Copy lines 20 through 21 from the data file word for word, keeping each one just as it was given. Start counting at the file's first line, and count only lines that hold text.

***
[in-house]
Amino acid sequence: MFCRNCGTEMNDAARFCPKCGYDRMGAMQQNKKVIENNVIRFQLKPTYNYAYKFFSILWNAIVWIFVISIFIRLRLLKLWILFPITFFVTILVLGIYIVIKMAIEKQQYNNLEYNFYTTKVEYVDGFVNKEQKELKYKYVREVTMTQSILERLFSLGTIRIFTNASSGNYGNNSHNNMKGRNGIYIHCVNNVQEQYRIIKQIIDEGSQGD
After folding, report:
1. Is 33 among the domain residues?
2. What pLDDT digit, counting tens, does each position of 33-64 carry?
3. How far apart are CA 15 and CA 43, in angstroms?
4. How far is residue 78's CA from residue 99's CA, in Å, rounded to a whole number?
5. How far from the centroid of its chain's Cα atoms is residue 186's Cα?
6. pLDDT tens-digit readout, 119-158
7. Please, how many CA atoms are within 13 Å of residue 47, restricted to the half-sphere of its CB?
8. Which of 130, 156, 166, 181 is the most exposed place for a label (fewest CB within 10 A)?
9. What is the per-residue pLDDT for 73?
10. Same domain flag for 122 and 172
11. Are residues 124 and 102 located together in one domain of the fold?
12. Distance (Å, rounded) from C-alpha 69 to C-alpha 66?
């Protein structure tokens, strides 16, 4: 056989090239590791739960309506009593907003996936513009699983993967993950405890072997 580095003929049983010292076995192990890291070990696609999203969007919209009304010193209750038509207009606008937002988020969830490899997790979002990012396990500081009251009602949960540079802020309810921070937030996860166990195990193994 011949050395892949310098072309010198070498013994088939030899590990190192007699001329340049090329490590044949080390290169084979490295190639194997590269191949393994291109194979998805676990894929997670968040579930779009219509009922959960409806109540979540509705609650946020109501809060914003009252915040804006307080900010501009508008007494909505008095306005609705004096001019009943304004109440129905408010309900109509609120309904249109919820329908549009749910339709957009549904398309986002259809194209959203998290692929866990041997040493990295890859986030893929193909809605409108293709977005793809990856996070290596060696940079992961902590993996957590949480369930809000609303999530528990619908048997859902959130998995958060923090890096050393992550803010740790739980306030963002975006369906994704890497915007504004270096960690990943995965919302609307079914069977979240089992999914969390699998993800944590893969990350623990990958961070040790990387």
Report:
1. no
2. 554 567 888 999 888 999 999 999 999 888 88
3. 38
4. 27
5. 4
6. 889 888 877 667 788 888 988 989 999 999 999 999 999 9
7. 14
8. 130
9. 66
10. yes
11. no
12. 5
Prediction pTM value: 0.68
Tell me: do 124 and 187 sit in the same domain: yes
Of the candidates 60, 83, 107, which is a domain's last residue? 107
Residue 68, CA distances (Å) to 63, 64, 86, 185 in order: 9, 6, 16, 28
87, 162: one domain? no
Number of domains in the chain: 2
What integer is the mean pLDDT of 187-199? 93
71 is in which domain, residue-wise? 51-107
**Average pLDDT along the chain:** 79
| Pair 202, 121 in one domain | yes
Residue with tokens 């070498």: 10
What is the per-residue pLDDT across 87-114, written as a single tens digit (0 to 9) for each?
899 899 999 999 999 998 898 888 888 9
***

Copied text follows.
3. 38
4. 27